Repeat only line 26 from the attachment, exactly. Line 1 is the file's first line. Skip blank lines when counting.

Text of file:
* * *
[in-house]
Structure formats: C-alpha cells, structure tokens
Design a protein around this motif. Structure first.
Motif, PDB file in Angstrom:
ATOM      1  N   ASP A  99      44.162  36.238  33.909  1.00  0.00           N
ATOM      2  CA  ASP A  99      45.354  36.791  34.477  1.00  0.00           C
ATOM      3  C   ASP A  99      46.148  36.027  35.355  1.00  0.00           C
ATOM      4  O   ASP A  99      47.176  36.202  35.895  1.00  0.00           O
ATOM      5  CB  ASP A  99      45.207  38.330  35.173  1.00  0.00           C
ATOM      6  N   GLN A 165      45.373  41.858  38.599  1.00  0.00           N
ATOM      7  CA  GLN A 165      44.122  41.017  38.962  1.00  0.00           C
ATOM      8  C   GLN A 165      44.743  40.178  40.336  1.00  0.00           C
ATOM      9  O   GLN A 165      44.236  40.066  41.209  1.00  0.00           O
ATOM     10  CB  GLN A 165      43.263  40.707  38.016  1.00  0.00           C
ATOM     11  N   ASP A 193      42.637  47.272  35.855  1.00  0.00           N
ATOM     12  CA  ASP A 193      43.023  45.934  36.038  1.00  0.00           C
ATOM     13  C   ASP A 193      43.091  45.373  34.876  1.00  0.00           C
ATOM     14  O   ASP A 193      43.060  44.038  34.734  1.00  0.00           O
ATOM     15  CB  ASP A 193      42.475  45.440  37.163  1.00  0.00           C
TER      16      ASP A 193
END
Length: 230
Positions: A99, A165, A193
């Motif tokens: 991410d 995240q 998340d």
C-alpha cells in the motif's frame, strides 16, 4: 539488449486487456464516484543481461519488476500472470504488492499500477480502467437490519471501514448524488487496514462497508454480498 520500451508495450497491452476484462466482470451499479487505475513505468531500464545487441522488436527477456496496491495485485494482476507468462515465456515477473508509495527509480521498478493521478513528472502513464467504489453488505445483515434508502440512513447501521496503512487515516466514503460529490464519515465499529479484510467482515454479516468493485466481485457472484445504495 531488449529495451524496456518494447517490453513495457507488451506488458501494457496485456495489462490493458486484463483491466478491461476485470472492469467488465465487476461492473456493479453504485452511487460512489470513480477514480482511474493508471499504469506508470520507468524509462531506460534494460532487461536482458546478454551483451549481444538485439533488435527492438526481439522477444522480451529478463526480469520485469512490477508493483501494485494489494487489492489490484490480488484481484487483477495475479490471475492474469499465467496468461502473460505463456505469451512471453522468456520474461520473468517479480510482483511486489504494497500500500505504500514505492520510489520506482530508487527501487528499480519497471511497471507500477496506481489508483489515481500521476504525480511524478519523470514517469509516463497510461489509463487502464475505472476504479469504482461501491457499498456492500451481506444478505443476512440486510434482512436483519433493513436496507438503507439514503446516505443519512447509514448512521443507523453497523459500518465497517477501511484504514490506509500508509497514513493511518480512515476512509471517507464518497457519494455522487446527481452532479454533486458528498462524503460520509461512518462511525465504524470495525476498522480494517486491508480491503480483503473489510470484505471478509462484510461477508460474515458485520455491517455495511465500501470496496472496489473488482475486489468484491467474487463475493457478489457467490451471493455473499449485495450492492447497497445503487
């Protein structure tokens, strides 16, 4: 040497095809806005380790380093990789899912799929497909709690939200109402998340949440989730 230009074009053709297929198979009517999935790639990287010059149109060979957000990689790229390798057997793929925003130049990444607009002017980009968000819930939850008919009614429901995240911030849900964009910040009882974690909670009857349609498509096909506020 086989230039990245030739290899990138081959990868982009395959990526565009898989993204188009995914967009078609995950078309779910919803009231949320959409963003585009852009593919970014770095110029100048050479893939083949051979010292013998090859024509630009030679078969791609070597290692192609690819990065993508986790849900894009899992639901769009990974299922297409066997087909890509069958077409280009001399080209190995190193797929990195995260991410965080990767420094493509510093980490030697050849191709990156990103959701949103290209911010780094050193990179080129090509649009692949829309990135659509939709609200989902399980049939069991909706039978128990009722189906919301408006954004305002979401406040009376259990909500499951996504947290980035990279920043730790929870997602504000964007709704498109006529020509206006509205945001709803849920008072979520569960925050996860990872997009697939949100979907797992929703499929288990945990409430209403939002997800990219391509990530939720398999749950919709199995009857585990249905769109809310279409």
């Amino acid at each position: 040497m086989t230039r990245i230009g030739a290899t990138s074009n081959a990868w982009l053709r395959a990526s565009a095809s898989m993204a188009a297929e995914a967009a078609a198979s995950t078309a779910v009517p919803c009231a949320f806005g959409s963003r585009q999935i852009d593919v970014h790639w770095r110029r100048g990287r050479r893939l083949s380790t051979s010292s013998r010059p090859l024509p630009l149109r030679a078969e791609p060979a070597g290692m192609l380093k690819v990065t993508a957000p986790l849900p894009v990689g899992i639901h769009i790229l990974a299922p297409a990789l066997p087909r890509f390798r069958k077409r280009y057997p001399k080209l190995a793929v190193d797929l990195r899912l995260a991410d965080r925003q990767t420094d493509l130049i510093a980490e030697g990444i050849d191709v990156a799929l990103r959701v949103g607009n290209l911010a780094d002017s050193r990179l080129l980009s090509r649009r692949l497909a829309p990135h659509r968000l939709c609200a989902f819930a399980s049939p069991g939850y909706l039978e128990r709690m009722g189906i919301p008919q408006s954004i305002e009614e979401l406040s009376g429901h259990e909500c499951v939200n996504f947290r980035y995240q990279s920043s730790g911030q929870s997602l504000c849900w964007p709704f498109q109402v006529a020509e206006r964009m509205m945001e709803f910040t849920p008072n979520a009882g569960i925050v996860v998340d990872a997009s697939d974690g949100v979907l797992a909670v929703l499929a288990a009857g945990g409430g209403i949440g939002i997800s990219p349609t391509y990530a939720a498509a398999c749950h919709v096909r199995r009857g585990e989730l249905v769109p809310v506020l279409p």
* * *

């Protein structure tokens, strides 16, 4: 040497095809806005380790380093990789899912799929497909709690939200109402998340949440989730 230009074009053709297929198979009517999935790639990287010059149109060979957000990689790229390798057997793929925003130049990444607009002017980009968000819930939850008919009614429901995240911030849900964009910040009882974690909670009857349609498509096909506020 086989230039990245030739290899990138081959990868982009395959990526565009898989993204188009995914967009078609995950078309779910919803009231949320959409963003585009852009593919970014770095110029100048050479893939083949051979010292013998090859024509630009030679078969791609070597290692192609690819990065993508986790849900894009899992639901769009990974299922297409066997087909890509069958077409280009001399080209190995190193797929990195995260991410965080990767420094493509510093980490030697050849191709990156990103959701949103290209911010780094050193990179080129090509649009692949829309990135659509939709609200989902399980049939069991909706039978128990009722189906919301408006954004305002979401406040009376259990909500499951996504947290980035990279920043730790929870997602504000964007709704498109006529020509206006509205945001709803849920008072979520569960925050996860990872997009697939949100979907797992929703499929288990945990409430209403939002997800990219391509990530939720398999749950919709199995009857585990249905769109809310279409």